Making the Grade, which will run through the 2018 Belmont Stakes, focuses on the winners or top performers of the key races, usually from the previous weekend, who could impact the Triple Crown. We’ll be taking a close look at impressive winners and evaluating their chances to win classic races based upon ability, running style, connections (owner, trainer, jockey) and pedigree.
“He’s a fighter,” trainer Mark Casse describing Flameaway after he won the Sam F. Davis. “The one thing about him is, if he gets in a battle, he’s going to win the battle.” Flameaway is not nominated to the Triple Crown, which Casse told Daily Racing Form after Saturday’s win was an “oversight.” Casse intends to supplement him to the Triple Crown races for $6,000 before the March 19 late-nomination deadline. Let’s take a closer look at the Scat Daddy colt’s chances on the Kentucky Derby Presented by Woodford Reserve trail.
Ability: Owner John Oxley purchased Flameaway for $400,000 at the Fasig-Tipton Saratoga sale of selected yearlings in August 2016. He won his career debut nine months later on the synthetic surface at Woodbine in a 4 ½-furlong (a little more than a half-mile) sprint, powering away in the stretch to win by 2 ½ lengths as the odds-on favorite.
After the synthetic surface win, Casse opted to test Flameaway on the grass in the Skidmore Stakes, but the race was rained off the grass and held on the muddy main track at Saratoga Race Course. Flameaway overcame trouble near the quarter-pole to win by 1 ½ lengths after rallying from fifth in the six-horse field.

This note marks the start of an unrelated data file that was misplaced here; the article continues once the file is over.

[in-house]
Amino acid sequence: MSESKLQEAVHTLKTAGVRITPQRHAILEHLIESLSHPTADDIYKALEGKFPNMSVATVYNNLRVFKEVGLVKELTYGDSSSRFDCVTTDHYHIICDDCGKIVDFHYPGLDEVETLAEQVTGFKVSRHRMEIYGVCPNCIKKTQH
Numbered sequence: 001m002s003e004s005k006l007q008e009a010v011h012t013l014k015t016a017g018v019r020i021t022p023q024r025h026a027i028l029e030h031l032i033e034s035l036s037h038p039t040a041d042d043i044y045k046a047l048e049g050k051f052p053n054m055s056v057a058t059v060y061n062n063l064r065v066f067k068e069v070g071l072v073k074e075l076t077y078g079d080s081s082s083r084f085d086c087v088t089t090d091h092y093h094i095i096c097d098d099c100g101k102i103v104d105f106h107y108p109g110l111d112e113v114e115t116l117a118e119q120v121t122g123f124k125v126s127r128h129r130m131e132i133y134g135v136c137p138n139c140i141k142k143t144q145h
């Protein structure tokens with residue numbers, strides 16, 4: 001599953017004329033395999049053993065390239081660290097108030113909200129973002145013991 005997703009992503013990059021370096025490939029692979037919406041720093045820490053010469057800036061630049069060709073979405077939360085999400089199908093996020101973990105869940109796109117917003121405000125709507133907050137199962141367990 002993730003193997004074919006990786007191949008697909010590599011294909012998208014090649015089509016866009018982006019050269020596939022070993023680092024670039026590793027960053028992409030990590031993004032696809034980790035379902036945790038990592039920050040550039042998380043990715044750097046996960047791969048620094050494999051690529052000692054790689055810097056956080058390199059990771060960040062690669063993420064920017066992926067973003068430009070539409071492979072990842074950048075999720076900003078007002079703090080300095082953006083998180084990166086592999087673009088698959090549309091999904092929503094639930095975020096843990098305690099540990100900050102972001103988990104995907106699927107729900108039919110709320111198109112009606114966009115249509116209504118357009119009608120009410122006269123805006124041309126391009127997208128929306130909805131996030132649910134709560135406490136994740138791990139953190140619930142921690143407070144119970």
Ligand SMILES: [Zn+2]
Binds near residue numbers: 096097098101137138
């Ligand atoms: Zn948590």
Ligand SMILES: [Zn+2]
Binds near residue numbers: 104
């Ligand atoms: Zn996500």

A disappointing (and troubled) sixth, beaten by 12 ¼ lengths, in the Grade 3 Iroquois Stakes at Churchill Downs prompted a return to grass for the Grade 3 Dixiana Bourbon Stakes at Keeneland, but Mother Nature would once again intercede. Heavy rain led to the race being moved off the grass and onto a sloppy, sealed main track. Sent off as the third betting choice in a 14-horse field, Flameaway stalked the pace from third and outfinished Tigers Rule and Tap Daddy to prevail by a nose.
The Bourbon earned Flameaway a guaranteed spot in the Breeders’ Cup Juvenile Turf, which is where he made his next start and ran eighth of 14 but beaten by only 3 ¼ lengths. That race earned Flameaway a new career-best 104 Equibase Speed Figure, 16 points better than his previous top.
Casse kept Flameaway on the grass for his next race and he won the Kitten’s Joy Stakes by a neck in January at Gulfstream Park for a 102 Equibase Speed Figure, before owner Oxley convinced his trainer to try dirt one more time to see if he might have a Kentucky Derby contender.
“I was kind of wishy-washy about trying him on dirt, and Mr. Oxley said ‘Can we do it one more time?’ He is the boss, so I said ‘Of course,’ ” Casse said.
The decision proved a wise one. Flameaway went right to the front and set an uncontested pace in the Sam F. Davis. Catholic Boy, the 7-10 favorite, put his head in front in early stretch, but the winner would not be denied and battled resolutely to win by a half-length.
It was a victory that showcased Flameaway’s determination and also his talent. He set a new stakes record by completing the 1 1/16 miles in 1:42.44 (0.69 seconds off the track record), completed the final sixteenth of a mile in a solid 6.38 seconds, and earned a new career-best 106 Equibase Speed Figure.
After the race, Casse said the colt will be supplemented to the Triple Crown and probably will make his next start in the Grade 2, $400,000 Lambholm South Tampa Bay Derby on March 10.
Running style: Versatility is the key here. Flameaway has led from start to finish, pressed the pace, stalked the pace, and closed from off the pace to win races. He has natural speed and is mature enough to dole it out when his rider deems it necessary. Speaking of versatility, it’s also important to note that Flameaway has wins on grass and synthetic surfaces as well a muddy, sloppy, and fast dirt main tracks.